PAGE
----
The second instance is from my own experience and is part of an entire fabric of experiences that covers a wide range of ultra-rational conditions. I once created a sideboard for a house I’d designed and helped build for my wife and me. I had an intractable given as a starting point. I had two matched boards of live-edge walnut that had been cut and stored for about fifty years. These boards would be all of the visible wood in this piece. There was also the space and function the piece would have to accommodate. In the end, there were a few slivers and wedges of bark and sap-wood that remained unused, but that was it. The entire piece was made of those two boards including incorporating some old worm-damaged tails from down at the butt of the tree to make one foot and a corner of the case, as though the piece was ancient and had survived a long period of neglect.
I consider this one of my most rewarding woodworking experiences. It was a culmination of a way of looking at such projects that I’d first been exposed to the first time I went to the Atlantic White Cedar stack at the boatschool so many years ago. Something made of wood could be something more than just the meeting of a commodified recently living thing with a slavishly followed written specification for its pre-established result. The living thing that had been sacrificed to make something has a voice. It has a say in what results from its use. That say is not simply do be a part of a negotiation to find out who will “win,” who will “lose;” but it is an opportunity for a dialogue in which all parties gain, and the result is superior to anything that could be arrived at any other way.
Somewhere amongst these hints are signs of a Reservoir of Craft. It touches upon all of our Craft Traditions in some way. It also diverges from them as they now exist because of the accommodations that have crept in over time to meet the demands of our culture’s devaluation of everything but efficiency and how all should be subsumed as a means to some unquestioned and ill-considered end.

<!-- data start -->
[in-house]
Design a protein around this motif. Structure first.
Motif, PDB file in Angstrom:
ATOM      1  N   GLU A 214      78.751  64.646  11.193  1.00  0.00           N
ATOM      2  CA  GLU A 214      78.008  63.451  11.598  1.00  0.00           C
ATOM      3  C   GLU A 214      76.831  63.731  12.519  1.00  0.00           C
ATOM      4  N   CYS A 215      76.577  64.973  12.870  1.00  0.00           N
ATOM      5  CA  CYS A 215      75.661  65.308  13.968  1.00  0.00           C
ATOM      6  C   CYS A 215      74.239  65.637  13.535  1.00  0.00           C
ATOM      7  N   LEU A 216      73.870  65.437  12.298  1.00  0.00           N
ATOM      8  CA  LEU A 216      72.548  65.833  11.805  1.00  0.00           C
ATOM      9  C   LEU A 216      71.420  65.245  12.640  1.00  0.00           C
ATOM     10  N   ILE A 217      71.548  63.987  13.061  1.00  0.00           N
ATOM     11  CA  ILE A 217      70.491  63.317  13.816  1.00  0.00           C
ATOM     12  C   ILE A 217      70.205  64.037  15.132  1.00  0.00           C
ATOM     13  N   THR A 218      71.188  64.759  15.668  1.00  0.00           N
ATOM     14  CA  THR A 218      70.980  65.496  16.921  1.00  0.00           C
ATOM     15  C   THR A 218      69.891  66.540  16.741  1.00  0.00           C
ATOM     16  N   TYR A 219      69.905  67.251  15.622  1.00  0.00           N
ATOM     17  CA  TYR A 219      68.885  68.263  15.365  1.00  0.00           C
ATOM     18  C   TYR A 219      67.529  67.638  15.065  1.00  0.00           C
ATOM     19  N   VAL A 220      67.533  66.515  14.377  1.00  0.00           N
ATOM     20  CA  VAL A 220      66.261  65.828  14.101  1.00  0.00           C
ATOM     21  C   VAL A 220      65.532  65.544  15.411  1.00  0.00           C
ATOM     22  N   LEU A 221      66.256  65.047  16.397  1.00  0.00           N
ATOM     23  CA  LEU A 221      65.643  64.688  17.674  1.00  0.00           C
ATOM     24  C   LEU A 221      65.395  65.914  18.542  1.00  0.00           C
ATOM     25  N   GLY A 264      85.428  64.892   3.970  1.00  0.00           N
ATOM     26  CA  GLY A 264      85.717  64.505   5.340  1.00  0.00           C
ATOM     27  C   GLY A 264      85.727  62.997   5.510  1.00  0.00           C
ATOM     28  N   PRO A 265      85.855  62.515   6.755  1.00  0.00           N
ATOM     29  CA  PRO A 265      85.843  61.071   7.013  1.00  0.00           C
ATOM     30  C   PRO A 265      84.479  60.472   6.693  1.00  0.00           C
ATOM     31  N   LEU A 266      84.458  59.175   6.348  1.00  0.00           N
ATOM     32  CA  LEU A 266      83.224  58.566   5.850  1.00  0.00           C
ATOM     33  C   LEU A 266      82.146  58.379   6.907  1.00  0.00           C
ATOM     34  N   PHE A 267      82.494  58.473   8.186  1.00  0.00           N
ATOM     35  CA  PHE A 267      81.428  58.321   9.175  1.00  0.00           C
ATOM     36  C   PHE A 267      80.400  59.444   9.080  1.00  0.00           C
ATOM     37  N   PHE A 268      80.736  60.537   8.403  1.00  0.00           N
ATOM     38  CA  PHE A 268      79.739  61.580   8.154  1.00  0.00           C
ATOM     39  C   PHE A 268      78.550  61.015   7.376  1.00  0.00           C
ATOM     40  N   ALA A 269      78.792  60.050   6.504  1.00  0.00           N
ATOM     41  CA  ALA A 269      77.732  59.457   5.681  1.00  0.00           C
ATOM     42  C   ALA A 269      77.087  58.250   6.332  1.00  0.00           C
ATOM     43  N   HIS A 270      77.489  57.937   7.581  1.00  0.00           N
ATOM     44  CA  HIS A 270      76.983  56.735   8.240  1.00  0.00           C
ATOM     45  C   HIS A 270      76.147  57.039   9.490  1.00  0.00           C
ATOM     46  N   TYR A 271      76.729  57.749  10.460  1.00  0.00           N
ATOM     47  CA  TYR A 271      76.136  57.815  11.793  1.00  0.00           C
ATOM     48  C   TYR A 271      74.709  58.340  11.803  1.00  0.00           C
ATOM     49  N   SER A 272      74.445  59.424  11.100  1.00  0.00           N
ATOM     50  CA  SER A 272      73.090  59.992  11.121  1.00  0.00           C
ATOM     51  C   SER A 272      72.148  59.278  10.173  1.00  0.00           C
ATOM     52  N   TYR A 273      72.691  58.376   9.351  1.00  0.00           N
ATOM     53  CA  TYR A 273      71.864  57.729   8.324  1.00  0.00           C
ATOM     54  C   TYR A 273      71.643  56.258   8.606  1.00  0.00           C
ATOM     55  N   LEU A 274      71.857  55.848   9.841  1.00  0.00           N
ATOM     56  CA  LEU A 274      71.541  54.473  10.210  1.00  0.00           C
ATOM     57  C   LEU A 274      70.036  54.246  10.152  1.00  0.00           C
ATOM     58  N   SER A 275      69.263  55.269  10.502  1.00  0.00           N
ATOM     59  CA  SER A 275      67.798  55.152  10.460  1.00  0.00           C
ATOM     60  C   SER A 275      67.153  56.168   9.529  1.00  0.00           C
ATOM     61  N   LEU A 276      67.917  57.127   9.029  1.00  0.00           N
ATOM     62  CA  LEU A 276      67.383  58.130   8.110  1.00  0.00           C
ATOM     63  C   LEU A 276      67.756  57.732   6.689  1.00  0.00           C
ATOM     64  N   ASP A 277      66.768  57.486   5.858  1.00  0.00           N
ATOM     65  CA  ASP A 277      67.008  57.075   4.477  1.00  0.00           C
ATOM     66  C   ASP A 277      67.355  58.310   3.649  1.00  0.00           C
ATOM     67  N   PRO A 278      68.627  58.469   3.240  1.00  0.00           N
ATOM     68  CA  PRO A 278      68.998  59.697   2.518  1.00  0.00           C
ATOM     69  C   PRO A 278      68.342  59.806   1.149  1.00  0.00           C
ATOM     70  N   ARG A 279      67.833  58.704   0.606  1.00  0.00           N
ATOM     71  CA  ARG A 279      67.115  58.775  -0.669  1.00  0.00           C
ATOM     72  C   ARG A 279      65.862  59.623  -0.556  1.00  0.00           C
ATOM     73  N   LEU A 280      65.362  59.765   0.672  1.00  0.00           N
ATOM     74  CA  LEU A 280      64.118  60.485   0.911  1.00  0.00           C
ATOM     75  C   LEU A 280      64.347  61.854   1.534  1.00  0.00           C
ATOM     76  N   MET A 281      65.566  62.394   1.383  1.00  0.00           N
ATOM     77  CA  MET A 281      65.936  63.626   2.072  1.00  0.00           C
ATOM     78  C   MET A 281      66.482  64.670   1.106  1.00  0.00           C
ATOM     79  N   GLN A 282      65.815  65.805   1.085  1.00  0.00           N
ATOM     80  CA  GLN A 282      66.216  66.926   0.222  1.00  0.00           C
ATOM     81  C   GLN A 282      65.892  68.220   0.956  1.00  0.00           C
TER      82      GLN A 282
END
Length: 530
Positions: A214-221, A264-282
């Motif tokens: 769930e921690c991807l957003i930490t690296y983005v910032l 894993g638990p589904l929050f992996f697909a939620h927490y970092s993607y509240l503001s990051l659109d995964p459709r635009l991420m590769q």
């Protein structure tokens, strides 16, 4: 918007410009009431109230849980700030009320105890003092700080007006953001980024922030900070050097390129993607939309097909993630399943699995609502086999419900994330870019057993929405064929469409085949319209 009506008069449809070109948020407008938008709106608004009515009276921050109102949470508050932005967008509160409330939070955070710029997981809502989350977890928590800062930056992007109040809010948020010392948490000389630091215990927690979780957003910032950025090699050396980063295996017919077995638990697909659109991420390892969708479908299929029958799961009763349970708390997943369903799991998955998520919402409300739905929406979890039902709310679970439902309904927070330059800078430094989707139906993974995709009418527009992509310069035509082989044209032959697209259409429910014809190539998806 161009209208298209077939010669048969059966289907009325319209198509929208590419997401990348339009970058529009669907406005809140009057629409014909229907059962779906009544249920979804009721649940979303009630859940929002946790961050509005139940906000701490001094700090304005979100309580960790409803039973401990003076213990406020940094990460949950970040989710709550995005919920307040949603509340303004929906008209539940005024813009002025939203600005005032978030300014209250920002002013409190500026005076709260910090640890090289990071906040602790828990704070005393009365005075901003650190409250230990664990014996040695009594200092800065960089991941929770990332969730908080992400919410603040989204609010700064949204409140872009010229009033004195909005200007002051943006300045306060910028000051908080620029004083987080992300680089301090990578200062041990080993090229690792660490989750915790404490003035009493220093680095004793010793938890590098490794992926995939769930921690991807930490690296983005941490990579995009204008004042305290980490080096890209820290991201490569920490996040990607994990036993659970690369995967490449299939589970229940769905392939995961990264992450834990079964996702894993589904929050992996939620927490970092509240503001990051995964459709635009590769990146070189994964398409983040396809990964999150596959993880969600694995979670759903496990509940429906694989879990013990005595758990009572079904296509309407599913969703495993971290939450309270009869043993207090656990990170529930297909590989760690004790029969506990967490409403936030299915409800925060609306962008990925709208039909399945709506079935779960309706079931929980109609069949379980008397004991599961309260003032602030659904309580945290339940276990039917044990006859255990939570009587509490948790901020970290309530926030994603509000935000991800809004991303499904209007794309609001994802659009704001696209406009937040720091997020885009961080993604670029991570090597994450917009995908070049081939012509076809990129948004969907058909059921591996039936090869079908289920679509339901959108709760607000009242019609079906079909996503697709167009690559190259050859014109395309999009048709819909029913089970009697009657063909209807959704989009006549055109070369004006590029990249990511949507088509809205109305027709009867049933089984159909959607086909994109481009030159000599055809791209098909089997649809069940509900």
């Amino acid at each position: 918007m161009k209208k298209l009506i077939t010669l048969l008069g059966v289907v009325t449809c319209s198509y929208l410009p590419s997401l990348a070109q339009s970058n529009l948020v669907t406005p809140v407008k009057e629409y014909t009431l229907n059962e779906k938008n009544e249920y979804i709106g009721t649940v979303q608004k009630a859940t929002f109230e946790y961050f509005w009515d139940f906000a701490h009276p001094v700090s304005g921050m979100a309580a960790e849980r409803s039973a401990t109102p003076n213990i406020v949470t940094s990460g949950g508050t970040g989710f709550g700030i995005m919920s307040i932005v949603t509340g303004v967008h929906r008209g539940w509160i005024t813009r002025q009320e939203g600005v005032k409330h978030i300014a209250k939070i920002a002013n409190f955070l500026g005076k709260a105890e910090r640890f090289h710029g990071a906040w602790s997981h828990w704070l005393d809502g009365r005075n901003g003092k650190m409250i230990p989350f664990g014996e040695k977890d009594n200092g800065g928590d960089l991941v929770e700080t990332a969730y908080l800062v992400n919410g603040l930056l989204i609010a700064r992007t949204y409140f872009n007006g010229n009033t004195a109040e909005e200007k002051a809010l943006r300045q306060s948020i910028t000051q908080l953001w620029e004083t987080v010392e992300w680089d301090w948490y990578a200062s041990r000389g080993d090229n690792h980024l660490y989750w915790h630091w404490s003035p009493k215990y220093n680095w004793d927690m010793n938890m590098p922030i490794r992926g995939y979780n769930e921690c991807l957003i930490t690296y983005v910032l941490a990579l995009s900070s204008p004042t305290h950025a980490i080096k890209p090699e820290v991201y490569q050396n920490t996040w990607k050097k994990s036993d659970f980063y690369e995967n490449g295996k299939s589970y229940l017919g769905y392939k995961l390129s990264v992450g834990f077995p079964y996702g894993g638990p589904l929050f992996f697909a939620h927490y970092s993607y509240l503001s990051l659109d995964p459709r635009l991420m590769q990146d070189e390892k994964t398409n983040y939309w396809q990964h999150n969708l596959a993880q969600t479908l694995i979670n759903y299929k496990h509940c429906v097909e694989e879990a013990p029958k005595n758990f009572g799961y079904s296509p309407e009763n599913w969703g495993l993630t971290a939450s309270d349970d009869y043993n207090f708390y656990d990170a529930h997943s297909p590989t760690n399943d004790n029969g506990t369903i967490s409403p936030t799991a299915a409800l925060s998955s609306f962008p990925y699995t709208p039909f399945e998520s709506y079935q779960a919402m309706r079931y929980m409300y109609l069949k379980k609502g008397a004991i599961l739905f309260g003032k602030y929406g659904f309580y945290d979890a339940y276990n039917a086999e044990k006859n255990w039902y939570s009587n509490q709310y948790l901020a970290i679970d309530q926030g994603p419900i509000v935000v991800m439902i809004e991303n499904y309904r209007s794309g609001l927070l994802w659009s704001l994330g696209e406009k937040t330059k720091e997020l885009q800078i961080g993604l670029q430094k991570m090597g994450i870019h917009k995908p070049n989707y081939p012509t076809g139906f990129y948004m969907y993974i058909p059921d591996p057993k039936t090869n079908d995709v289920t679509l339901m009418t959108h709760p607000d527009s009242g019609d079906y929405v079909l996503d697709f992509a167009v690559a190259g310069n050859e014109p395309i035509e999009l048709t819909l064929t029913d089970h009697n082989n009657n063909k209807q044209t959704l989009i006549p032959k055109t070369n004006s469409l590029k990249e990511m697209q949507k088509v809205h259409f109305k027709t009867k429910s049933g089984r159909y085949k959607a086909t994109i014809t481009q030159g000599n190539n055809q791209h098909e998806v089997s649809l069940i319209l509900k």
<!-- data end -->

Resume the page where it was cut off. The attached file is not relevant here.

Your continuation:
Our remnants of Craft Traditions, their artifacts, their institutions, their practitioners are priceless in their value to us going forward. They are definitely part of our Reservoirs of Craft.
At present they are endangered, as is everything else! Part of what needs to begin happening is for us to look at them and claim them as reservoirs of future use, instead of defending them as quaint hold-overs and some anodyne blend of education and entertainment. Our present approach does not do them justice and allows their value to slip between our fingers. There is no one to blame for this, but for it to change we need to be direct about their value and not apologetic about our need for what they hold.
That said; even these reservoirs of artifacts, tools, and techniques; will fall short unless we can begin to see them as part of a deeper and broader way of interacting with the world. If we just take our traditions and plug them into the status quo of assumptions concerning technique and technology we will watch what’s been saved just spill upon parched, barren ground without germinating another way of life.
This is the heart of the conversation we need to be having around our Crafts, and around our approach to doing and making. This is a big job! It requires many voices and many different perspectives to come together. Let’s begin this process.